A few years ago Ed and I were in Berlin and checked out KaDeWe, the city's famous department store that has the biggest food halls in Europe and maybe in the world. They sell every kind of food you can imagine. Gorgeous cakes and pastries. Bountiful, beautiful fruit. Different kinds of eggs, dairy products, chocolates.
It was all familiar. Pineapples. Peaches. Sachertorte. Macarons. Freshly butchered chickens, and so on.
We stopped counting the different kinds of sausages after we reached 100. Apparently they sell sausages from every region in Germany.
But we were there for lookin', not cookin' -- so, in the two hours we walked through this place it was more like a visit to an art gallery.
But then we came to the bakery and there, in the case, was a beautiful, braided loaf called Hefezopf, which is like a challah, but with raisins and almonds.
It was a vision. All at once my mind filled with memories of a lovely shabbat challah mixed with grandma singing rozhinkes mit mandlen, that hauntingly beautiful, classic Yiddish lullabye.
Oh my. My eyes well up even thinking about it.
This was something I had to try at home and get right.
I did, but it took several tries. At first I used my challah recipe and sweetened it a bit, but that just tasted like sweeter challah. The consistency wasn't right.
After doing some research about Hefezopf I realized it was more like brioche -- dense, buttery, dairy-laden, so I started tinkering with my brioche recipe.
A taste is worth a thousand looks.
Try this. It's called Hefezopf, but like to call it Lullabye Bread.
Lullabye Bread (HEFEZOPF)
- 1 cup milk
- 1 3-inch piece of cinnamon stick, broken in half
- 2 2-inch strips of lemon peel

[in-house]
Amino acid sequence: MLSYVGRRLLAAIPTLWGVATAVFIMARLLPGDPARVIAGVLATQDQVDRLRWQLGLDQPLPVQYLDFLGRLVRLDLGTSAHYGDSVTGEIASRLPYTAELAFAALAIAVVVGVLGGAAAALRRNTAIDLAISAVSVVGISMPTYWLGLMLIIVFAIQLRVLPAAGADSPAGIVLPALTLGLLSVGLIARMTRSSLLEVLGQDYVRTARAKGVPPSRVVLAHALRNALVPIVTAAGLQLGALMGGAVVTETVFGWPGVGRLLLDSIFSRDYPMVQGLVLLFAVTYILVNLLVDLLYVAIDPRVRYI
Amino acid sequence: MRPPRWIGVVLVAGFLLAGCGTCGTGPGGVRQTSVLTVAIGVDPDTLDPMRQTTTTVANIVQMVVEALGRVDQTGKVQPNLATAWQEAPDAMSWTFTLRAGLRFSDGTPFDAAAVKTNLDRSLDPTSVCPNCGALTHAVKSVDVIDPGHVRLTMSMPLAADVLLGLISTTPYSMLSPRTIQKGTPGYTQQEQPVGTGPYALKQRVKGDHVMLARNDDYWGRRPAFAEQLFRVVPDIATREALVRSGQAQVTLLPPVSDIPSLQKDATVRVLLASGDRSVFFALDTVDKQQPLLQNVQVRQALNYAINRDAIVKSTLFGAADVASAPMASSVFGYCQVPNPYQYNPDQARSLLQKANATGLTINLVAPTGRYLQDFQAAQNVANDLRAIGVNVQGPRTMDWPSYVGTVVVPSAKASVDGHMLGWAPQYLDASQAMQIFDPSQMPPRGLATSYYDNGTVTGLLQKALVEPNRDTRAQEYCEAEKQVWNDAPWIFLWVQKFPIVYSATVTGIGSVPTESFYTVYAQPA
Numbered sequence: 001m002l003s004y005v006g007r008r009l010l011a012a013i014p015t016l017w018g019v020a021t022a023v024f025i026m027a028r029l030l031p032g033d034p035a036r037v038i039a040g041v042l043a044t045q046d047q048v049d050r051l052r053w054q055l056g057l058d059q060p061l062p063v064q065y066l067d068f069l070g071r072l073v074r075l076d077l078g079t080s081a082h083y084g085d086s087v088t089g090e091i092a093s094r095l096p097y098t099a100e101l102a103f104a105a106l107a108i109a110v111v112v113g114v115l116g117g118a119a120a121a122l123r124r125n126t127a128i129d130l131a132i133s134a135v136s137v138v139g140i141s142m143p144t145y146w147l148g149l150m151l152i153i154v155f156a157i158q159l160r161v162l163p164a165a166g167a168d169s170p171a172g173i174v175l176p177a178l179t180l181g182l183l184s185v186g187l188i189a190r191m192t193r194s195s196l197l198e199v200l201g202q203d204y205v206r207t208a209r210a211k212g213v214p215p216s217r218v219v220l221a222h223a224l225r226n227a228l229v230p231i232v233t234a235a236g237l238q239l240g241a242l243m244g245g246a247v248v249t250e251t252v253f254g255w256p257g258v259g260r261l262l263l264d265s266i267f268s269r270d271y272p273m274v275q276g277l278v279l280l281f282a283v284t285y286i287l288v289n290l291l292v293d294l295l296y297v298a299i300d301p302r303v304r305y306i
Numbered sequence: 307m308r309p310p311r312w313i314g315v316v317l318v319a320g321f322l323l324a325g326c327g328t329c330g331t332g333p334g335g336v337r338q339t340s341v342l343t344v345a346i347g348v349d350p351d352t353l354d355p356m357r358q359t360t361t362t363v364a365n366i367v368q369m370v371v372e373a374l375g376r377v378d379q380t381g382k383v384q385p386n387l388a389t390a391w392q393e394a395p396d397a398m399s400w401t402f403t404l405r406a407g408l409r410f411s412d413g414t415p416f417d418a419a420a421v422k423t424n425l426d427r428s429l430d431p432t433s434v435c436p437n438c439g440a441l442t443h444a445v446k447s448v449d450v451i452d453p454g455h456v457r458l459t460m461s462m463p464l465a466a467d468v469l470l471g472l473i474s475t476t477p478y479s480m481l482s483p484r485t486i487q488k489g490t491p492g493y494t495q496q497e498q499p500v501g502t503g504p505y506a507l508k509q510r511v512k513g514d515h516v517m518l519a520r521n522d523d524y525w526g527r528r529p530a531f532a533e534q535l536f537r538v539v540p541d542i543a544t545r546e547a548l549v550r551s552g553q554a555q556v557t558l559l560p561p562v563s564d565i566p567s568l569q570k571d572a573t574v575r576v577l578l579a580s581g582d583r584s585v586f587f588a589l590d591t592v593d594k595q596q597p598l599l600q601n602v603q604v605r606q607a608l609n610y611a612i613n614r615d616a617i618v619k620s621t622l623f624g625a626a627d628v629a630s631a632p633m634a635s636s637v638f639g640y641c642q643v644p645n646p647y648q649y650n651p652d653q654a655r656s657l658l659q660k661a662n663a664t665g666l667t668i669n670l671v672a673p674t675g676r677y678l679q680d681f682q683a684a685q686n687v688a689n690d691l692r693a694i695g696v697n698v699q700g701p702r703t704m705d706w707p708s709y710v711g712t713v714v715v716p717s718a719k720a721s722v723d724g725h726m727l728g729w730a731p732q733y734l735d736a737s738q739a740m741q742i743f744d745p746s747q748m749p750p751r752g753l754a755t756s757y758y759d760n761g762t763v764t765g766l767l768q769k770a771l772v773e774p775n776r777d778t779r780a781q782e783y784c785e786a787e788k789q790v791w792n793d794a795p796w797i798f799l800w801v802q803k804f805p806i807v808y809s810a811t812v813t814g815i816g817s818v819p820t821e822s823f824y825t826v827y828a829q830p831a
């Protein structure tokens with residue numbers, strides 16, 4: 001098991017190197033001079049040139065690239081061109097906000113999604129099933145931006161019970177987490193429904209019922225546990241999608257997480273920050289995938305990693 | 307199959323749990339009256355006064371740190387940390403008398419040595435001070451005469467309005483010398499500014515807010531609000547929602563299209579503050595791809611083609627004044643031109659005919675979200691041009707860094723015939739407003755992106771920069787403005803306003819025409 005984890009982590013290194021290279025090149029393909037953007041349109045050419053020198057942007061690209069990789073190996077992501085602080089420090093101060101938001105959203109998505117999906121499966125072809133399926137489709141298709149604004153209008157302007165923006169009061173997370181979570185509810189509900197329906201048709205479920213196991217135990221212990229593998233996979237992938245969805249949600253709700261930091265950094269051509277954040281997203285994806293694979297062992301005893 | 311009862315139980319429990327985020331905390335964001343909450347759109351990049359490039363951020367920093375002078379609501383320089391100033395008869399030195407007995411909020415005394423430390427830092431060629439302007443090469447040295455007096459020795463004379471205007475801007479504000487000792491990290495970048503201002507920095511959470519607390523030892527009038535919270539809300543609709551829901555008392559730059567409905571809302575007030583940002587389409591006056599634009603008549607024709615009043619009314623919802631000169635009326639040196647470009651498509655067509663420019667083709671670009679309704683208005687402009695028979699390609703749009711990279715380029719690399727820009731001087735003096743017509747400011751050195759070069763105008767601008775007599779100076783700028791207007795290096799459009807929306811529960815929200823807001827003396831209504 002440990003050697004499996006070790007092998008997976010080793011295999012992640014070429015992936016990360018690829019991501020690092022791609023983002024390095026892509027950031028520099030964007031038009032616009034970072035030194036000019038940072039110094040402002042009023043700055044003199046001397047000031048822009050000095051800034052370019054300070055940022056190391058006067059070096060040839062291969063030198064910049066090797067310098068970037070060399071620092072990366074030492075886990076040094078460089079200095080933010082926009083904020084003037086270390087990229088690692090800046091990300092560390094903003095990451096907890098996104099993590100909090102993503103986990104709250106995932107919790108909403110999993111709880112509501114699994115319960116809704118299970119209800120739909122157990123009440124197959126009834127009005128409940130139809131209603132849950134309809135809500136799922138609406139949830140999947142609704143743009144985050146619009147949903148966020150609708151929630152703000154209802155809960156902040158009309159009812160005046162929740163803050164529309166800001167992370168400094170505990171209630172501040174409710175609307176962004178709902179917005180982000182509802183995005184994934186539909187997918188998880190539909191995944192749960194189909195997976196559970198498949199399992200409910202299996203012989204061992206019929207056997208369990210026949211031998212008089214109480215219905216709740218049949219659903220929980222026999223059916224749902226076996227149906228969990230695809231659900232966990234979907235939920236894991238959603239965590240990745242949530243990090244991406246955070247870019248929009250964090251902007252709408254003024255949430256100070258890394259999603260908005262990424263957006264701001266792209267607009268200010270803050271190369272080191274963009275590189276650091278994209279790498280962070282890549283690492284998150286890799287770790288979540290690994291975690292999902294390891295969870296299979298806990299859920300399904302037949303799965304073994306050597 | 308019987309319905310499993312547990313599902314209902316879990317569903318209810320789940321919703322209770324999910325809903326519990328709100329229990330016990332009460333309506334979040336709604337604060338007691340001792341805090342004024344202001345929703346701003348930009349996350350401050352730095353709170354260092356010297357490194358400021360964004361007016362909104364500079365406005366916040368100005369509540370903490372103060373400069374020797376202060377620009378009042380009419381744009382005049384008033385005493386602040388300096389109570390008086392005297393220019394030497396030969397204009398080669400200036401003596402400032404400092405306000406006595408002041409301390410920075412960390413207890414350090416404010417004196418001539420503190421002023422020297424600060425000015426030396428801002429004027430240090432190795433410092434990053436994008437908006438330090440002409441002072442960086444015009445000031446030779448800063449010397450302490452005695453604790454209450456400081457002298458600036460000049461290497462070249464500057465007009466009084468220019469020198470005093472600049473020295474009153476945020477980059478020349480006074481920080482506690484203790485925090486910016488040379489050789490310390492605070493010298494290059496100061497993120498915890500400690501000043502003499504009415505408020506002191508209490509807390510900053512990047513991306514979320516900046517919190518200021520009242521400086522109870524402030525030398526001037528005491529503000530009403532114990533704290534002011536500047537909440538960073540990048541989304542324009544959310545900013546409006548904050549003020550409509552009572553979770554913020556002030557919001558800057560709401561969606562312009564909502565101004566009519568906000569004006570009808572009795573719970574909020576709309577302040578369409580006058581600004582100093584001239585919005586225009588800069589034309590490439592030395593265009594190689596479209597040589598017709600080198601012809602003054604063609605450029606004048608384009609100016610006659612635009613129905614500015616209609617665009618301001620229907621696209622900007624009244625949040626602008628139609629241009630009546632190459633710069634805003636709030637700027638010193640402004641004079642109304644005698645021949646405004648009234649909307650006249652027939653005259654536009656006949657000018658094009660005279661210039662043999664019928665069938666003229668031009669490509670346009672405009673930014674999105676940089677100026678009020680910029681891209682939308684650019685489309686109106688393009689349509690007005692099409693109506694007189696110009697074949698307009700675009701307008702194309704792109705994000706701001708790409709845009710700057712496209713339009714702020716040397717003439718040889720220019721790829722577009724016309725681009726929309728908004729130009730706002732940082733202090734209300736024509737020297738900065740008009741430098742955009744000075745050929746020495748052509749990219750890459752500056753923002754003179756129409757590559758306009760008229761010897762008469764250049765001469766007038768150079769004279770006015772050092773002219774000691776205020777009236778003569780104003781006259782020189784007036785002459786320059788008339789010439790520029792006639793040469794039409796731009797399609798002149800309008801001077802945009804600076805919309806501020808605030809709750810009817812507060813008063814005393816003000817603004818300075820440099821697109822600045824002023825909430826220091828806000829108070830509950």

- 5 tablespoons butter
- 1/3 cup sugar
- 1 package active dry yeast
- 3-1/2 cups all purpose flour, approximately
- 1 teaspoon salt
- 2 large eggs
- 1 cup raisins, optional
- 2-3 tablespoons chopped almonds, optional
Lightly grease a baking sheet. Pour the milk into a saucepan. Add the cinnamon stick, lemon peel, butter and sugar cook over medium heat, stirring to dissolve the sugar, until bubbles form around the edges of the pan and the mixture is hot. Set aside to cool to lukewarm (about 105-110 degrees). Sprinkle the yeast over the milk mixture and whisk the ingredients to dissolve the yeast. Let rest for about 5 minutes or until thick bubbles form. Place the flour and salt in the bowl of an electric mixer. Remove the cinnamon stick pieces and lemon peel from the yeast mixture and pour the liquid into the mixer bowl. Add one egg and mix the dough with a dough hook for about 2 minutes. Add the raisins, if used, and mix for another 2 minutes or so, or until the dough is smooth. If the dough is sticky, add more flour as needed. (Kneading can be done in a food processor or by hand.) Cover the bowl and let rise in a warm place for about 1-1/2 hours or until doubled in bulk. Punch the dough down and cut it into 3 equal pieces. Working on a floured surface, roll the pieces to make strands of about 12-inches long. Braid the strands and place them on the baking sheet. Beat the remaining egg with one teaspoon water and brush the egg wash over the surface of the braid. Sprinkle with almonds, if used. Let rise again for 30 minutes. Preheat the oven to 350 degrees. Bake for about 30 minutes or until puffed and golden brown.
Makes one bread